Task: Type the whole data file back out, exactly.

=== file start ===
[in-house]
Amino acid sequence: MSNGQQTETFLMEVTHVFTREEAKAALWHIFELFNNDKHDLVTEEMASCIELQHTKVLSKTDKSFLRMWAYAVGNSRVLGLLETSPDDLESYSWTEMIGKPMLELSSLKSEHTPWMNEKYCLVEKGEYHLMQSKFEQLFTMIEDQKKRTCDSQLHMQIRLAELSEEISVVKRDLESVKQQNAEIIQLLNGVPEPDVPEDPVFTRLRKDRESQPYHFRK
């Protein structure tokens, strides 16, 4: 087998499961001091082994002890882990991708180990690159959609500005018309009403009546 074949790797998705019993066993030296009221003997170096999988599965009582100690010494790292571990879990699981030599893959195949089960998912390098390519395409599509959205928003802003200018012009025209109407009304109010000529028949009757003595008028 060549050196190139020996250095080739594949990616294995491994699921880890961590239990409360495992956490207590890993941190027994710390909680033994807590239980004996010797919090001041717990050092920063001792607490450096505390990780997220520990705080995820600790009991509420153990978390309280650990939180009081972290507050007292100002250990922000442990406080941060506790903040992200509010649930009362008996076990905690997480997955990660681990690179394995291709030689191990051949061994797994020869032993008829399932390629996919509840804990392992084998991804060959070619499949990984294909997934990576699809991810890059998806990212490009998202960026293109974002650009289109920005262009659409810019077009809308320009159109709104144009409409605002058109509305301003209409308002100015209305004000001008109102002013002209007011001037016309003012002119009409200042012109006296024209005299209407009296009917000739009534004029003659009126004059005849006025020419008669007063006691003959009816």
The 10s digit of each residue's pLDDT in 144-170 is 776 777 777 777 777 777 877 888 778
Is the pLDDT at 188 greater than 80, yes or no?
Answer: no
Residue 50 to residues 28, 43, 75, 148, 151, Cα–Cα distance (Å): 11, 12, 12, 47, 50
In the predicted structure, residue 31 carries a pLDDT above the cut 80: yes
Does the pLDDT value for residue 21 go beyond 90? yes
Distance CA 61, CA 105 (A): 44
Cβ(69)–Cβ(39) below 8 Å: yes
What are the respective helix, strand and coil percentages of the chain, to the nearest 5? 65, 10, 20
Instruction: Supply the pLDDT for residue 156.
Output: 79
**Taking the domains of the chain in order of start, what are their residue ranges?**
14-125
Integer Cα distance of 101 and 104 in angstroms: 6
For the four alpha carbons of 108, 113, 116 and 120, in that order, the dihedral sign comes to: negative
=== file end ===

[in-house]
Amino acid sequence: MSNGQQTETFLMEVTHVFTREEAKAALWHIFELFNNDKHDLVTEEMASCIELQHTKVLSKTDKSFLRMWAYAVGNSRVLGLLETSPDDLESYSWTEMIGKPMLELSSLKSEHTPWMNEKYCLVEKGEYHLMQSKFEQLFTMIEDQKKRTCDSQLHMQIRLAELSEEISVVKRDLESVKQQNAEIIQLLNGVPEPDVPEDPVFTRLRKDRESQPYHFRK
């Protein structure tokens, strides 16, 4: 087998499961001091082994002890882990991708180990690159959609500005018309009403009546 074949790797998705019993066993030296009221003997170096999988599965009582100690010494790292571990879990699981030599893959195949089960998912390098390519395409599509959205928003802003200018012009025209109407009304109010000529028949009757003595008028 060549050196190139020996250095080739594949990616294995491994699921880890961590239990409360495992956490207590890993941190027994710390909680033994807590239980004996010797919090001041717990050092920063001792607490450096505390990780997220520990705080995820600790009991509420153990978390309280650990939180009081972290507050007292100002250990922000442990406080941060506790903040992200509010649930009362008996076990905690997480997955990660681990690179394995291709030689191990051949061994797994020869032993008829399932390629996919509840804990392992084998991804060959070619499949990984294909997934990576699809991810890059998806990212490009998202960026293109974002650009289109920005262009659409810019077009809308320009159109709104144009409409605002058109509305301003209409308002100015209305004000001008109102002013002209007011001037016309003012002119009409200042012109006296024209005299209407009296009917000739009534004029003659009126004059005849006025020419008669007063006691003959009816």
The 10s digit of each residue's pLDDT in 144-170 is 776 777 777 777 777 777 877 888 778
Is the pLDDT at 188 greater than 80, yes or no?
Answer: no
Residue 50 to residues 28, 43, 75, 148, 151, Cα–Cα distance (Å): 11, 12, 12, 47, 50
In the predicted structure, residue 31 carries a pLDDT above the cut 80: yes
Does the pLDDT value for residue 21 go beyond 90? yes
Distance CA 61, CA 105 (A): 44
Cβ(69)–Cβ(39) below 8 Å: yes
What are the respective helix, strand and coil percentages of the chain, to the nearest 5? 65, 10, 20
Instruction: Supply the pLDDT for residue 156.
Output: 79
**Taking the domains of the chain in order of start, what are their residue ranges?**
14-125
Integer Cα distance of 101 and 104 in angstroms: 6
For the four alpha carbons of 108, 113, 116 and 120, in that order, the dihedral sign comes to: negative